Winter in Korea at the Ordnance filed park (Tea Time) with Sgt. Murray in the foreground, Cpl Dallman in the back ground, 1951. Courtesy of James Milton.
Republic of Korea (ROK) wounded soldiers, Seoul 1952. Courtesy of James Milton.
Wash up time on the Imjim river, Korea 1951. Courtesy of James Milton.
James Milton and the Sherman tank that was used in Korea, circa 2002
James Milton's Medals (L-R) : Canadian Korea Medal, Canadian Peacekeeping Service Medal for Korea, United Nations Korea Medal.
"The thing most soldiers remember about coming to Korea was the amount of poverty and how poor the people were. They had been exploited and persecuted by the enemy soldiers, had little or no food and their houses had been destroyed by the surrounding battles."
My name is Jim Milton and I'm a Korean war veteran. When I was 18, I joined the reserve army, the Royal Canadian Ordnance Corps. And in June of 1950, I needed a career change and went to the regular army. We travelled from Winnipeg to Montreal for my basic training. When the Korean war started, June 1950, I volunteered for the Canadian Army Special Forces. We were issued our overseas equipment: a kit bag, extra uniform, socks, boots, mess tents, rifles bayonets and other equipment. Everything I wore was either on my back or in my kit bag.
In November of 1950, we went from Montreal to Vancouver by troop train. About seven to eight days as I recall and then on by bus to Fort Louis, Washington. It was in Fort Louis that all of the sections of the 25th Infantry Brigade were brought together to train as a combat unit. There were about 5, 000 Canadians stationed in Fort Louis, Washington. We trained from November 1950 'til April 1951, gathering our supplies and organizing the brigade. Some elements of the brigade were set ahead in November of 1950. One of these units was the PPCLI, an infantry battalion. One of my friends got to go with them, but I had to stay with the rest of the brigade until spring.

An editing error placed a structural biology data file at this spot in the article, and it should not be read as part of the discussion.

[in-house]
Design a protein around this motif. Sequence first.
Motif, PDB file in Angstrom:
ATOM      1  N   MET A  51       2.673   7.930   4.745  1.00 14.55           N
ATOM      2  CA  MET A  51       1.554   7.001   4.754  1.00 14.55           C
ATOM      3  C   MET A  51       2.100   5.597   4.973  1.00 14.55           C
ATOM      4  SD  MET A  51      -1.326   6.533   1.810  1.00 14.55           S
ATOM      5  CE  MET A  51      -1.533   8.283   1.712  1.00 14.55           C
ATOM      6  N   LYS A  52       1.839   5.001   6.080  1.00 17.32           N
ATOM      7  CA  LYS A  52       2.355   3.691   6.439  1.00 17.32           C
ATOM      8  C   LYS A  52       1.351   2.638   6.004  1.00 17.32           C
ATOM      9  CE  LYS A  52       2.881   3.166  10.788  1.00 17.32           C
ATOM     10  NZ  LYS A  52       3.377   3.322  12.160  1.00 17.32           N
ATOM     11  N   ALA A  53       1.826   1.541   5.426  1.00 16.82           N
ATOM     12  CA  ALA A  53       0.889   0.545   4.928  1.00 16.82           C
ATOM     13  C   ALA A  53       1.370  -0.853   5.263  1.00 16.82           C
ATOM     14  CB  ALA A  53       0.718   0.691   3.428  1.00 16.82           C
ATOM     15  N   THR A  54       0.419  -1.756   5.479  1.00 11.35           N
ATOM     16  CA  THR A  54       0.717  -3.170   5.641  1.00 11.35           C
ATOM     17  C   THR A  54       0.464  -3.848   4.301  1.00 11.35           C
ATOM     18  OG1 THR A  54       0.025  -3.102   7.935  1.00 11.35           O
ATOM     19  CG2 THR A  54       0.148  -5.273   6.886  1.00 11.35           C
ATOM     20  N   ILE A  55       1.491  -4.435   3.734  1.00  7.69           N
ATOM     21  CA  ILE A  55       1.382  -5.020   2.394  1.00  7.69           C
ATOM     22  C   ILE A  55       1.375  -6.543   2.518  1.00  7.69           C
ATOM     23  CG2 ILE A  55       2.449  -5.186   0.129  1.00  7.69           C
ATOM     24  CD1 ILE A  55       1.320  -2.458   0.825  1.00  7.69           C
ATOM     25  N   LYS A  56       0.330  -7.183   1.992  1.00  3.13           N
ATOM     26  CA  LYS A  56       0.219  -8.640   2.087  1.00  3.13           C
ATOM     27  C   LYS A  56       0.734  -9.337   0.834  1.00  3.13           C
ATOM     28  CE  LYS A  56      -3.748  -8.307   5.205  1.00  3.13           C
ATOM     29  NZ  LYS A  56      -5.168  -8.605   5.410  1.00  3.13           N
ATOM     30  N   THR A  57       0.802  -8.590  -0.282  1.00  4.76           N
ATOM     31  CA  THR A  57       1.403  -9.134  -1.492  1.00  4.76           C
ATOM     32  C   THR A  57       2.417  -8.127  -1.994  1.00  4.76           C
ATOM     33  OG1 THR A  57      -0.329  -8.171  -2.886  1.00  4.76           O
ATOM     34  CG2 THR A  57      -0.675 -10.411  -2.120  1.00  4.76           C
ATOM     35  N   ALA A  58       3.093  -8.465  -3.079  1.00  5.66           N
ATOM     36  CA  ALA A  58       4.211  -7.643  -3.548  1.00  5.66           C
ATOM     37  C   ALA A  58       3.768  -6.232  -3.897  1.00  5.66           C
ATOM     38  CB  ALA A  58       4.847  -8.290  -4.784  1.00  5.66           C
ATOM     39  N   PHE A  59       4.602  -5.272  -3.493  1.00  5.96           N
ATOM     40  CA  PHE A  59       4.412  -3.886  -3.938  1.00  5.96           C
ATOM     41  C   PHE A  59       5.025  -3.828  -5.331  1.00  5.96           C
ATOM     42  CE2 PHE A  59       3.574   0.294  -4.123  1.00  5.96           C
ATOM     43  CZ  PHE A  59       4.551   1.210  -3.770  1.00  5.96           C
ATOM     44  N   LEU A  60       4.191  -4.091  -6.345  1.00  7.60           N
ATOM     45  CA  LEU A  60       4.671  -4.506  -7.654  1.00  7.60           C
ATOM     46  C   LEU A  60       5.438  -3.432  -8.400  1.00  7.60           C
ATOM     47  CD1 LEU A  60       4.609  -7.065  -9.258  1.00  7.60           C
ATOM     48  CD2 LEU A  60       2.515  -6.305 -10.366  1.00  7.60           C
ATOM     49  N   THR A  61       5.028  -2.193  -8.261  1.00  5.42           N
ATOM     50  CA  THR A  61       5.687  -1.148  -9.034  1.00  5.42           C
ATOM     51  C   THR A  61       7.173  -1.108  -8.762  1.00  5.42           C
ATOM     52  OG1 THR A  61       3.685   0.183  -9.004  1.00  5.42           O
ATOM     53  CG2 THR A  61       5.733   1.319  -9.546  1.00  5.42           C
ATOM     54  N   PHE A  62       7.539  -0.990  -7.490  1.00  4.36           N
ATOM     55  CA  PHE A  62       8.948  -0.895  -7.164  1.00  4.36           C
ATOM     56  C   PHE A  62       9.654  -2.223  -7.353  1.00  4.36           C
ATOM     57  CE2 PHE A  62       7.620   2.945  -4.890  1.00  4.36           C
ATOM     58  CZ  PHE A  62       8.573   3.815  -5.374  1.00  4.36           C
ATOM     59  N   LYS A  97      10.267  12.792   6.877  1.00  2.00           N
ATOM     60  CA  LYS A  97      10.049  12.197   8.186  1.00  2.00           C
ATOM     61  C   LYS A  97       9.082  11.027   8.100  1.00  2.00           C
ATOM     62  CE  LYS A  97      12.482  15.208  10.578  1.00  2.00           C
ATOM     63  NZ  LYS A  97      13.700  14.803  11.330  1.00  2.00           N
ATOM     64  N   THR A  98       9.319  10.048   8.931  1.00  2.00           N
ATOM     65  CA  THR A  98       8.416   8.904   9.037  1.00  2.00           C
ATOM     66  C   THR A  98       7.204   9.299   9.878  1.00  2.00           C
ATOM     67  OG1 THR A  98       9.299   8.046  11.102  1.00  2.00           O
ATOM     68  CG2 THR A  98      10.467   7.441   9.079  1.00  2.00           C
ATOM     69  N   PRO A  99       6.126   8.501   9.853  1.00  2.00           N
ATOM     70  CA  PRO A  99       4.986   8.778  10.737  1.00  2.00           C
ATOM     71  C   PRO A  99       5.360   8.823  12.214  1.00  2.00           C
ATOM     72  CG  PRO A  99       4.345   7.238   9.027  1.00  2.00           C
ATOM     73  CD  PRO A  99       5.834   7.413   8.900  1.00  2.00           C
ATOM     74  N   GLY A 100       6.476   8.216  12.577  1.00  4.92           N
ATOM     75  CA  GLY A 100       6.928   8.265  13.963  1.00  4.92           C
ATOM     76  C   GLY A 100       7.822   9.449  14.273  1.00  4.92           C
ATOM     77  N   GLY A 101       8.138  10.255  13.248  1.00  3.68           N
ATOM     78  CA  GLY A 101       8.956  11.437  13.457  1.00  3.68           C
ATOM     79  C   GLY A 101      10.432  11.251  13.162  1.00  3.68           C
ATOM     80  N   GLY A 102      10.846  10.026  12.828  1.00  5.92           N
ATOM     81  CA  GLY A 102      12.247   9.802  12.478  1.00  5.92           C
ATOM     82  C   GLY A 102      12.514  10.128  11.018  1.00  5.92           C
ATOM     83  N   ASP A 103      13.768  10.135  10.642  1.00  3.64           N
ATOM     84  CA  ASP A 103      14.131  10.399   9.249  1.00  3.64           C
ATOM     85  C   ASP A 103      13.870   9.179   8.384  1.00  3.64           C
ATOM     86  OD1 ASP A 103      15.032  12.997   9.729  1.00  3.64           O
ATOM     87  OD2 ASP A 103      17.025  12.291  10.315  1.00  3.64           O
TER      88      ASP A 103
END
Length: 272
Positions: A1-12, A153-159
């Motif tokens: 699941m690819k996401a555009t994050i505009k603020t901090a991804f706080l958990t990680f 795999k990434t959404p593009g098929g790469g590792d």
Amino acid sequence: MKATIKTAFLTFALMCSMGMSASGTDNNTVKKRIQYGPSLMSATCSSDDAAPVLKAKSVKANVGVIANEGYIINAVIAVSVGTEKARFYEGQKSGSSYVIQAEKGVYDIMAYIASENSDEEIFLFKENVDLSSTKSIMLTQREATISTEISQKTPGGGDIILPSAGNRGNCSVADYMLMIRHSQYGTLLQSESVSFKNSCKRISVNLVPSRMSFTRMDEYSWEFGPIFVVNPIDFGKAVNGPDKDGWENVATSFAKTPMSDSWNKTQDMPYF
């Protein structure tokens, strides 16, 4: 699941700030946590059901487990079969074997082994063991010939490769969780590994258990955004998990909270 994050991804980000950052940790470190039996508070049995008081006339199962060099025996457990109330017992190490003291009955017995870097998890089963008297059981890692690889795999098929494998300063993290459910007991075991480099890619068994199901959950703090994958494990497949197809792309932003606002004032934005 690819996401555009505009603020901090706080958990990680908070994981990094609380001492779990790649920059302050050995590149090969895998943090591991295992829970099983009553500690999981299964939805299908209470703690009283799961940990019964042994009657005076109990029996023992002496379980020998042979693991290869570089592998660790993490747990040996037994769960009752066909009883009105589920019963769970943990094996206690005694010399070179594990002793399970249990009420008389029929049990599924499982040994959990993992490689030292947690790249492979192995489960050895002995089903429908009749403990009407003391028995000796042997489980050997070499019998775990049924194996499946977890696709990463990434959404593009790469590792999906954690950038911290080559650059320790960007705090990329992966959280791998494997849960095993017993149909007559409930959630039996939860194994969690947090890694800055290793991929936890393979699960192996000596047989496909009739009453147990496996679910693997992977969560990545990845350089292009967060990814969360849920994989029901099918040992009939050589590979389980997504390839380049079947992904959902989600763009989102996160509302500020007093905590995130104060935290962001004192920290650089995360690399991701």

In April of '51 we left Fort Louis by bus for Seattle to board a troop ship. The USNS Marine Adder for the trip to Korea. I had never been on the ocean before nor on a troop ship either for that matter. When I first went onboard, I asked an American sailor if this is what took us to the troop ship. He replied, "This is a troop ship." I was amazed. How small it seemed to be. I found out later that the ship had a displacement of 12, 420 tons. A length of 523 feet. Beam was 71 feet and a speed of 17 knots. Accommodation for 3800 troops. This is small by today's standards but that was what was available after World War II. To put the size of the ship into perspective, the Marine Adder would fit inside a football stadium.
We had two troop ships to take us to Korea. The Marine Adder and the private ... Munamori. Both were about the same displacement. The journey took 14 days from Seattle, Washington to Pusan, Korea. We landed in Pusan, Korea, the southern-most port on the Peninsula. An American army military brass band met us at the docks and played military music to welcome us to Korea. It was here that we unloaded our supplied and formed up for the trip to the front. We travelled by truck over a distance of about 250 miles, using makeshift roads and trails. None of us knew the country but the military police marked out the routes which we were to take. Sometimes we only travelled at night to avoid strafing or being shot at by the enemy. The thing most soldiers remember about coming to Korea was the amount of poverty and how poor the people were. They had been exploited and persecuted by the enemy soldiers, had little or no food and their houses had been destroyed by the surrounding battles.
We were the Ordnance Corps and my job was spare parts for the technical store though I had a truck that had bins and cabins on the back of it and I was responsible for spare parts for the vehicles to keep them working in the field.
We were there until 1952 and then we rotated out. Special Services were only supposed to be in there for 18 months.